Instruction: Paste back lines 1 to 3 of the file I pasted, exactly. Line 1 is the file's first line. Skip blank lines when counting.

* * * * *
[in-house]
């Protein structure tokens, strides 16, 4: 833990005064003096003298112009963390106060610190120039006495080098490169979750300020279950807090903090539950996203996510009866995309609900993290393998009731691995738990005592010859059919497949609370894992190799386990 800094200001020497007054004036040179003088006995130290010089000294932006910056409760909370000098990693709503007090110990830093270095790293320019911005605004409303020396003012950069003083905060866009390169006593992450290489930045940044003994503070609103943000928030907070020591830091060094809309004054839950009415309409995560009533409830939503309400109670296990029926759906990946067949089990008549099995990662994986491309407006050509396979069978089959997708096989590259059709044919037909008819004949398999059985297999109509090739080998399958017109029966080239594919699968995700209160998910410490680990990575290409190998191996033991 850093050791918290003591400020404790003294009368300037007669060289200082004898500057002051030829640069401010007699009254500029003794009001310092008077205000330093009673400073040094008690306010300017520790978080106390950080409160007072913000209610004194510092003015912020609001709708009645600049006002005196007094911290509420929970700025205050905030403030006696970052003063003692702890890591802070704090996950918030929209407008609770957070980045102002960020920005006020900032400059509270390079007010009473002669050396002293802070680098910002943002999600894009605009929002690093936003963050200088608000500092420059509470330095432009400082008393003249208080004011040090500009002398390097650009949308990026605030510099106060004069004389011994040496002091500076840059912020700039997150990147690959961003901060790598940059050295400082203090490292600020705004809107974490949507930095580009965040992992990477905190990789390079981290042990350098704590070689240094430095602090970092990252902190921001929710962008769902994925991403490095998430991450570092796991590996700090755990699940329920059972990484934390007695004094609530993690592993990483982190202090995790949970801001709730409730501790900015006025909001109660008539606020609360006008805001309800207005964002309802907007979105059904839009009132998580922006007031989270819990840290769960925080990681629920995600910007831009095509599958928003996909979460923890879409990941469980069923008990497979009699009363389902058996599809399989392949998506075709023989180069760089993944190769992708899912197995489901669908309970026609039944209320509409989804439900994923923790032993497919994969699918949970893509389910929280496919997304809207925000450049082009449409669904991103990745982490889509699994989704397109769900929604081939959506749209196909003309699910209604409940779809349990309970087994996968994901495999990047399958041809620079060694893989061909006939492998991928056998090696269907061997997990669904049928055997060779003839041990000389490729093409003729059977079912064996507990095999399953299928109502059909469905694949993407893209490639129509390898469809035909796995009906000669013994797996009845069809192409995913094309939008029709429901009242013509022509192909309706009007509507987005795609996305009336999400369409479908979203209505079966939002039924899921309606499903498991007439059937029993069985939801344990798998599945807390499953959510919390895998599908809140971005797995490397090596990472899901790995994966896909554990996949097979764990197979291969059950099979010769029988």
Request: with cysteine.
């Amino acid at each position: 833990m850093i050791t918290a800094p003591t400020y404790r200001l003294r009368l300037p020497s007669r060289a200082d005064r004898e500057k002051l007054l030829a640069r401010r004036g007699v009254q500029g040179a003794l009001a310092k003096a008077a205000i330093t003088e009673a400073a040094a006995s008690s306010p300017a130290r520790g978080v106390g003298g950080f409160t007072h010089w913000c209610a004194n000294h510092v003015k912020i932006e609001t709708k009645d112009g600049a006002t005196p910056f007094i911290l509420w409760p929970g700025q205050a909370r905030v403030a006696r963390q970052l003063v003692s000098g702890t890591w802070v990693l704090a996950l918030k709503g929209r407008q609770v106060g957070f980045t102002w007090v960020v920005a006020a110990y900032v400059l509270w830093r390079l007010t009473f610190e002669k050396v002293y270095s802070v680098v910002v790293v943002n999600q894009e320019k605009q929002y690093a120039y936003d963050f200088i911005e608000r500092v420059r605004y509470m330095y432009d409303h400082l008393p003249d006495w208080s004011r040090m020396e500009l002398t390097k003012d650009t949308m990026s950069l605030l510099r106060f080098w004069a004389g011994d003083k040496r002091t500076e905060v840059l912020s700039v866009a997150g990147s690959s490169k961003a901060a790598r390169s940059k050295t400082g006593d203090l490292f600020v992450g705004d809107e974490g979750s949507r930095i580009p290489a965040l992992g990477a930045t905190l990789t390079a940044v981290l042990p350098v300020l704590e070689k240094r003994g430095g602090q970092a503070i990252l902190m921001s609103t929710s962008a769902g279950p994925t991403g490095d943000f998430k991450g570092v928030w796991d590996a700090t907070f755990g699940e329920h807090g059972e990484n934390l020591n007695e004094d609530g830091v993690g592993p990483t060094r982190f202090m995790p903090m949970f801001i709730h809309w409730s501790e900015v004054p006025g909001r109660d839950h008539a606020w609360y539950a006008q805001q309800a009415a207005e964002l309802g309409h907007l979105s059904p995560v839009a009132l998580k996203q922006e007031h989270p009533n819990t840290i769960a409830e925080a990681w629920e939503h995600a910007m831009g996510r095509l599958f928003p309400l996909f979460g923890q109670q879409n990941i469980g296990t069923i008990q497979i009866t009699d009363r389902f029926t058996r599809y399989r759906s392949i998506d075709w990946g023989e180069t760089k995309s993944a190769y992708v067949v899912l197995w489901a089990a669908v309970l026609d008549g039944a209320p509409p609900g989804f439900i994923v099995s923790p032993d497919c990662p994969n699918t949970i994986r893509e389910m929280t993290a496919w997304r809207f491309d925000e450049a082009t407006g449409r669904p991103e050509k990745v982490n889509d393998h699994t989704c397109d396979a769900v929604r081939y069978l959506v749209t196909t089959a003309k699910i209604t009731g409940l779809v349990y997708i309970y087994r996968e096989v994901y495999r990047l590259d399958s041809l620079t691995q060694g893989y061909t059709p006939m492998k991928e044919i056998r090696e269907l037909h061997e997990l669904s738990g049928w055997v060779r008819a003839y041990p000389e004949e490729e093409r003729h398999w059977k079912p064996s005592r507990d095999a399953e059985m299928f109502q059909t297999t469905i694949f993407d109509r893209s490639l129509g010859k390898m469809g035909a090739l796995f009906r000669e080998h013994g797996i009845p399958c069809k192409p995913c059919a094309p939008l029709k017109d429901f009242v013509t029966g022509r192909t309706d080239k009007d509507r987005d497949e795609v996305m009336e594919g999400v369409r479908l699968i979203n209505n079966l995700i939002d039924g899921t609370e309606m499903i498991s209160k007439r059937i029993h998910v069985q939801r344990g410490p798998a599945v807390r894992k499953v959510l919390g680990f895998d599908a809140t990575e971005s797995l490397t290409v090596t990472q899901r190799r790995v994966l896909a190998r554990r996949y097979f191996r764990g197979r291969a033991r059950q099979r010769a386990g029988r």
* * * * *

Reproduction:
[in-house]
């Protein structure tokens, strides 16, 4: 833990005064003096003298112009963390106060610190120039006495080098490169979750300020279950807090903090539950996203996510009866995309609900993290393998009731691995738990005592010859059919497949609370894992190799386990 800094200001020497007054004036040179003088006995130290010089000294932006910056409760909370000098990693709503007090110990830093270095790293320019911005605004409303020396003012950069003083905060866009390169006593992450290489930045940044003994503070609103943000928030907070020591830091060094809309004054839950009415309409995560009533409830939503309400109670296990029926759906990946067949089990008549099995990662994986491309407006050509396979069978089959997708096989590259059709044919037909008819004949398999059985297999109509090739080998399958017109029966080239594919699968995700209160998910410490680990990575290409190998191996033991 850093050791918290003591400020404790003294009368300037007669060289200082004898500057002051030829640069401010007699009254500029003794009001310092008077205000330093009673400073040094008690306010300017520790978080106390950080409160007072913000209610004194510092003015912020609001709708009645600049006002005196007094911290509420929970700025205050905030403030006696970052003063003692702890890591802070704090996950918030929209407008609770957070980045102002960020920005006020900032400059509270390079007010009473002669050396002293802070680098910002943002999600894009605009929002690093936003963050200088608000500092420059509470330095432009400082008393003249208080004011040090500009002398390097650009949308990026605030510099106060004069004389011994040496002091500076840059912020700039997150990147690959961003901060790598940059050295400082203090490292600020705004809107974490949507930095580009965040992992990477905190990789390079981290042990350098704590070689240094430095602090970092990252902190921001929710962008769902994925991403490095998430991450570092796991590996700090755990699940329920059972990484934390007695004094609530993690592993990483982190202090995790949970801001709730409730501790900015006025909001109660008539606020609360006008805001309800207005964002309802907007979105059904839009009132998580922006007031989270819990840290769960925080990681629920995600910007831009095509599958928003996909979460923890879409990941469980069923008990497979009699009363389902058996599809399989392949998506075709023989180069760089993944190769992708899912197995489901669908309970026609039944209320509409989804439900994923923790032993497919994969699918949970893509389910929280496919997304809207925000450049082009449409669904991103990745982490889509699994989704397109769900929604081939959506749209196909003309699910209604409940779809349990309970087994996968994901495999990047399958041809620079060694893989061909006939492998991928056998090696269907061997997990669904049928055997060779003839041990000389490729093409003729059977079912064996507990095999399953299928109502059909469905694949993407893209490639129509390898469809035909796995009906000669013994797996009845069809192409995913094309939008029709429901009242013509022509192909309706009007509507987005795609996305009336999400369409479908979203209505079966939002039924899921309606499903498991007439059937029993069985939801344990798998599945807390499953959510919390895998599908809140971005797995490397090596990472899901790995994966896909554990996949097979764990197979291969059950099979010769029988």
Request: with cysteine.